While the world continues to fight the COVID-19 pandemic, an emerging issue is how criminals are devising new ways to perpetuate cybercrime.
In a sadistic exploitation of human desperation, cybercriminals are proposing a Coronavirus-tracking application that is actually intended to bait and blackmail its users.
The android-based malicious and fraudulent coronavirus ransomware application, which claims to provide updates on the virus and nearby infections, blocks access to users’ personal data and accounts and then proceeds to blackmail the victims with the threat of deletion, unless they pay USD 100 in Bitcoin within 48 hours.
There are also reports of new phishing attacks by cybercriminals claiming to be from legitimate organisations and offering information on COVID-19 pandemic in your country. There are also emails suggesting health tips on how to avoid getting infected with the virus.
These messages usually have an embedded link urging you to click. Once you click, it you are likely to download malicious software into your device, which would enable these cybercriminals to take control of your device and access your personal information leading to identity theft, credit card fraud etc.
How to recognise phishing emails:
- Most phishing emails contain grammatical errors and have generic greetings eg Dear Sir or Madam. Some may also have greetings such as “Dear Info” indicating that the email is not legitimate.
- They request for your personal information.
- If the email address appears legitimate, hover your mouse over the embedded link. Most often than not, you would notice if the website is legitimate or not. Alternatively, you can copy the link into a word document and check by “clicking edit hyperlink”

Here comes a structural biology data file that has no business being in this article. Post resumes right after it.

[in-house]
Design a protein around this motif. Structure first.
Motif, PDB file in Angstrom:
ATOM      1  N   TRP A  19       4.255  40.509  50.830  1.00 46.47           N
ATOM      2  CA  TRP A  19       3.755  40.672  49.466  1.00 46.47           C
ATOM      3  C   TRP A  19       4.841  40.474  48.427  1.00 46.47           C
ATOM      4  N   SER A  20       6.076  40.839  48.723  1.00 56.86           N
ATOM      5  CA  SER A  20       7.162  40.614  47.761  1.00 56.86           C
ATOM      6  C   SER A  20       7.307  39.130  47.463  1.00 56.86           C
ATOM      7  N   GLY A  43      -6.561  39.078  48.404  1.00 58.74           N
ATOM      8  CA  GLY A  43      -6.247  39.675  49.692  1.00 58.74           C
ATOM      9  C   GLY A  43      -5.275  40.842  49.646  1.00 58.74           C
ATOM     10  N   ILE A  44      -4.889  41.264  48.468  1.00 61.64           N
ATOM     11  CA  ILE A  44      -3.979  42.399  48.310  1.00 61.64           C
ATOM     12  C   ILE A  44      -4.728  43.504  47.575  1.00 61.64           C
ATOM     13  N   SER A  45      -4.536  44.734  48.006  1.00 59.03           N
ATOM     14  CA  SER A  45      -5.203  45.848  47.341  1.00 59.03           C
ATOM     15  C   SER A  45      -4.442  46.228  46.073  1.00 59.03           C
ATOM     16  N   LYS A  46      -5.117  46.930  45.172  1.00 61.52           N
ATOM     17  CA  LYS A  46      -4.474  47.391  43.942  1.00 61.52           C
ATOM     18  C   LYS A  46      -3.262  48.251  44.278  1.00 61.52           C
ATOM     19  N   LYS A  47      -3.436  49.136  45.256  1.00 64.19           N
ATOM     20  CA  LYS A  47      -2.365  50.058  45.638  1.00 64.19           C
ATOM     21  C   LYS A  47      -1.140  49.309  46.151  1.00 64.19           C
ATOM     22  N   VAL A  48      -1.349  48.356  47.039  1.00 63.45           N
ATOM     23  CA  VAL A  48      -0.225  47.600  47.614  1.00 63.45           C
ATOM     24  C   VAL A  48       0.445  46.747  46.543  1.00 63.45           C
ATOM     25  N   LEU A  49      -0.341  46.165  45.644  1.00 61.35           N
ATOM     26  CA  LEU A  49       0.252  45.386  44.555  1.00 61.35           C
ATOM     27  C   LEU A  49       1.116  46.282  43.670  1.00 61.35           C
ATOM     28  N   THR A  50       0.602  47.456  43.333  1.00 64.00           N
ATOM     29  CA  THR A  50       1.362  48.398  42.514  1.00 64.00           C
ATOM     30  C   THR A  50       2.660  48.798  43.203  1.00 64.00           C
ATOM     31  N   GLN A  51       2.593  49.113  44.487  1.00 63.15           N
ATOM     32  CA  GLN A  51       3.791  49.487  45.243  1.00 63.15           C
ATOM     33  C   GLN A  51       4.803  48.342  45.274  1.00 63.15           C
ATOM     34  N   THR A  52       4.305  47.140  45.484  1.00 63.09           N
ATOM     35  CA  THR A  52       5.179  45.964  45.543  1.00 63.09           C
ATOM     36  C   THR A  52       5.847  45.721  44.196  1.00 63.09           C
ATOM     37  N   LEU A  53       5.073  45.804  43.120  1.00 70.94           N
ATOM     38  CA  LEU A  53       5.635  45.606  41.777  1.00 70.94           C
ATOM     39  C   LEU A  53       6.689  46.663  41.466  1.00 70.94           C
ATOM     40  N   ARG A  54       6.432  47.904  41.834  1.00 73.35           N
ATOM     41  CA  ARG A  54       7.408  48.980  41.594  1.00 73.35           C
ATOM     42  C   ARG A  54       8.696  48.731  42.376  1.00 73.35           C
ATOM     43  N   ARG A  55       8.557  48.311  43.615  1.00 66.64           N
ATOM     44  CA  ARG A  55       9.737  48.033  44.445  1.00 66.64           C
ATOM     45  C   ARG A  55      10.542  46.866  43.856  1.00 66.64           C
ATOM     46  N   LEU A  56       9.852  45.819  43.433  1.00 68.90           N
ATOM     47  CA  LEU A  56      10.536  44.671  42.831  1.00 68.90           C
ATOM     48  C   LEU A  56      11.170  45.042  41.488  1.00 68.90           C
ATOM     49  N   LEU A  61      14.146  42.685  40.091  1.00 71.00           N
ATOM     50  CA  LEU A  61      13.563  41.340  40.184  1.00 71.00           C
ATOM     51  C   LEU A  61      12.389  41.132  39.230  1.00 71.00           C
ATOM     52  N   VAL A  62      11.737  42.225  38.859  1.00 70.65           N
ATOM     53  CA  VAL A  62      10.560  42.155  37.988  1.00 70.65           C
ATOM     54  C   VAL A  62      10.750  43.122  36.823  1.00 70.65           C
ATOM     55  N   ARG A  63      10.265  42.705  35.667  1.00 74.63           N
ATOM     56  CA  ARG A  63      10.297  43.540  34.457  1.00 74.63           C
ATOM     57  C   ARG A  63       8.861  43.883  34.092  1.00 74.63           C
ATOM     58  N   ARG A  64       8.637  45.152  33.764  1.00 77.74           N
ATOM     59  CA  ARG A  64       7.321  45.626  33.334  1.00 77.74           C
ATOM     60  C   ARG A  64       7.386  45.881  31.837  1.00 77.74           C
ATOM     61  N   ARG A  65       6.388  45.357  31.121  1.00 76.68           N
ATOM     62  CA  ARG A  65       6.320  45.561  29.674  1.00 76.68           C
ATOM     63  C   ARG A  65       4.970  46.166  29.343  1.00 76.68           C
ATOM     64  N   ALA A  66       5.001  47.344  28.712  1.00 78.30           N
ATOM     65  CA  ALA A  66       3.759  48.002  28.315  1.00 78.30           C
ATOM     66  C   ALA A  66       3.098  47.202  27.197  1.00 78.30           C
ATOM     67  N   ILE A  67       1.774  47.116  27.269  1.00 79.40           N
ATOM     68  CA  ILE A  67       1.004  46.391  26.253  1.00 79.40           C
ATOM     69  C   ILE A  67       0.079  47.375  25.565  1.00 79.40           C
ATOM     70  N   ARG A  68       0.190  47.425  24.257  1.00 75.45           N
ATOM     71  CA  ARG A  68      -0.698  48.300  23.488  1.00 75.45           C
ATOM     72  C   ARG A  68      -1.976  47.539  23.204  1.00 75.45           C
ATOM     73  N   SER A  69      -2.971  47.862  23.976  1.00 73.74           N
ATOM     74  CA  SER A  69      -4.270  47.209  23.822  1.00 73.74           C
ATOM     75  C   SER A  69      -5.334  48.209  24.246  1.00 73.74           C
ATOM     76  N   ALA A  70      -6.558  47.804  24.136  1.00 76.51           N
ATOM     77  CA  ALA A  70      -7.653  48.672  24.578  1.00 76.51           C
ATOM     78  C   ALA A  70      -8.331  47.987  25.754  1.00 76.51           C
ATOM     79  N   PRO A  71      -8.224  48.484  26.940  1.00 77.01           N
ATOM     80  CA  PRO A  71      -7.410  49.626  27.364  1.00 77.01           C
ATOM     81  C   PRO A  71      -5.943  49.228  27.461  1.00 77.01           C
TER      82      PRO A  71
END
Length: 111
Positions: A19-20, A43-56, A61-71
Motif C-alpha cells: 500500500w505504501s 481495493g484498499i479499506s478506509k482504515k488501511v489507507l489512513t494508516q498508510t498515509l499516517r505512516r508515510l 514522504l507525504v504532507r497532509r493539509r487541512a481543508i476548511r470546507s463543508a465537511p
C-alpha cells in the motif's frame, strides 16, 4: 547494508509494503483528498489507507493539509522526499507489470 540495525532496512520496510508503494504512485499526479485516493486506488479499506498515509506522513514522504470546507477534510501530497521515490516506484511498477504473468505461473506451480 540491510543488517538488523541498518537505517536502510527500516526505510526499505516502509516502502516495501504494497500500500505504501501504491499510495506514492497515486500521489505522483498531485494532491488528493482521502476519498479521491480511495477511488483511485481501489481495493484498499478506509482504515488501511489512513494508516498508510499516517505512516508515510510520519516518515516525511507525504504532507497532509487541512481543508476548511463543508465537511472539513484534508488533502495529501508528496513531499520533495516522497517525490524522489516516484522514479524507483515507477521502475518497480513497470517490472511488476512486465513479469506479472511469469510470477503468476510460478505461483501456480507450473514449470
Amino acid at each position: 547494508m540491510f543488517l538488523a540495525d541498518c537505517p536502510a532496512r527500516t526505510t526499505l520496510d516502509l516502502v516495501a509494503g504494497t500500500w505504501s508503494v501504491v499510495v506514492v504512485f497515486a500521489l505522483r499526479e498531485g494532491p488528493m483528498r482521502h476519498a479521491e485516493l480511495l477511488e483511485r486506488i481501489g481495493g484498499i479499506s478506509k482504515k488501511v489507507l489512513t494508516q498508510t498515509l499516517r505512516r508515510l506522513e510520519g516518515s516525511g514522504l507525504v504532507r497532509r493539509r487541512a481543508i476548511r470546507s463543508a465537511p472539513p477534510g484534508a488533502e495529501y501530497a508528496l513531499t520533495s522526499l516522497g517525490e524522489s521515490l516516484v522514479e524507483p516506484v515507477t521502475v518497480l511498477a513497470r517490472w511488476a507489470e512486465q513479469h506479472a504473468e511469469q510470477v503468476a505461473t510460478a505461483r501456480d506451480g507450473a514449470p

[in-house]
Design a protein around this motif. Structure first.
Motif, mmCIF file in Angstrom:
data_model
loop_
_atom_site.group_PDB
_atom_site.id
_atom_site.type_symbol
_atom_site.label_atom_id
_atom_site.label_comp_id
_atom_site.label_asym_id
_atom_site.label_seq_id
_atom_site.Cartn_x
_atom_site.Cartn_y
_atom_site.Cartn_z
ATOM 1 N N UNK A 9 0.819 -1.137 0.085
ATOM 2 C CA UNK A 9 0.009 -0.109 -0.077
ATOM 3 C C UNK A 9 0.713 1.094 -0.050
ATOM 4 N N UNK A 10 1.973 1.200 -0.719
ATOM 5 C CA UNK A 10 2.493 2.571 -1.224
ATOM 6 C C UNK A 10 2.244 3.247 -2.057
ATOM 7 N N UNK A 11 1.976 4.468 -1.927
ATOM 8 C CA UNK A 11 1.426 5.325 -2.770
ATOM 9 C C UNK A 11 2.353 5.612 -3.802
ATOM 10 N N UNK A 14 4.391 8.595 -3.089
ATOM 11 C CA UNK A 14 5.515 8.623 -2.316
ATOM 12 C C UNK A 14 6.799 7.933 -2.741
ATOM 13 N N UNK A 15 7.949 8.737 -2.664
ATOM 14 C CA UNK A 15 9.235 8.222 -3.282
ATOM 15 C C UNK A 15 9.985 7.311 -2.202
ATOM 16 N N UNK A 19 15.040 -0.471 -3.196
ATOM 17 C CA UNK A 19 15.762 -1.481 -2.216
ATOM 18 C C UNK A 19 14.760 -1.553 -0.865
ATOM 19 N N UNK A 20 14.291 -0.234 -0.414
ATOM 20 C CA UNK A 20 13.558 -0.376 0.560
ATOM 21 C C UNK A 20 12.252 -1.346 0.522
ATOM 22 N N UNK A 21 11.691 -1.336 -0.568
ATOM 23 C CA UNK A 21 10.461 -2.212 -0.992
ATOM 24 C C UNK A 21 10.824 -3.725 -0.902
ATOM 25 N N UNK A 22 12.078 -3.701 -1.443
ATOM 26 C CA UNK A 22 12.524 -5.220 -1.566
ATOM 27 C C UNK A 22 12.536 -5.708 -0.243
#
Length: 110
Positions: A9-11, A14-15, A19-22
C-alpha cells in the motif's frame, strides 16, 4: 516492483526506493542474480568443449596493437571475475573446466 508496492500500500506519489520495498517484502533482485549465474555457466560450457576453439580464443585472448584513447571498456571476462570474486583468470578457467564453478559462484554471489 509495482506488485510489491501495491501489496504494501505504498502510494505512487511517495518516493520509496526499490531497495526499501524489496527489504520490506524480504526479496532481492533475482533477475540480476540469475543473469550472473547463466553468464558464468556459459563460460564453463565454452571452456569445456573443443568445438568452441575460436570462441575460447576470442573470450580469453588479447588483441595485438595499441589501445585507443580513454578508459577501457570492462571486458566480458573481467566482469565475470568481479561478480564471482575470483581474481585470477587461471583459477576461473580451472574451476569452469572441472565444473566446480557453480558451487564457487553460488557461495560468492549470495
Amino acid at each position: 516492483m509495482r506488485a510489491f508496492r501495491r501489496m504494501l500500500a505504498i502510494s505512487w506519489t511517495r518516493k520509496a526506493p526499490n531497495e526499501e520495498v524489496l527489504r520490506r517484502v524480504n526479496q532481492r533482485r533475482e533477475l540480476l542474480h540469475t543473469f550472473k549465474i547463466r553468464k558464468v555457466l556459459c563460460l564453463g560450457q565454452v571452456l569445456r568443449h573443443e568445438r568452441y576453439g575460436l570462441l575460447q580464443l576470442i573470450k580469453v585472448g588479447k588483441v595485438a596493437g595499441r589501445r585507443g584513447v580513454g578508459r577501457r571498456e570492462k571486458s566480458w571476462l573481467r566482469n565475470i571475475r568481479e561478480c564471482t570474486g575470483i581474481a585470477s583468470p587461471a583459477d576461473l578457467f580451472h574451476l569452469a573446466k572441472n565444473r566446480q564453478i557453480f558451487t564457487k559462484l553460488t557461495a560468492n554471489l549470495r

- They tell you to act on something with a sense of urgency. For example emails asking you to sign up for an online e-leaning platform before a deadline.
If you receive emails such as these, do not respond to them and delete them immediately.
We also urge media, journalists, human rights defenders and all persons in West Africa to observe the following to protect themselves against COVID-19 related scams and preserve their digital security:
- Do not download any application purporting to provide information on COVID-19. Seek updates from official authorities and trusted media sources
- Avoid ads that create urgency of purchasing a specific item that is needed in this period and has limited supply eg “Hand sanitizers at reduced cost- Buy Now, Limited Supply”. Such fake ads once clicked could download rasomware into your computer. Your credit card information could be compromised if you are required to pay with your card.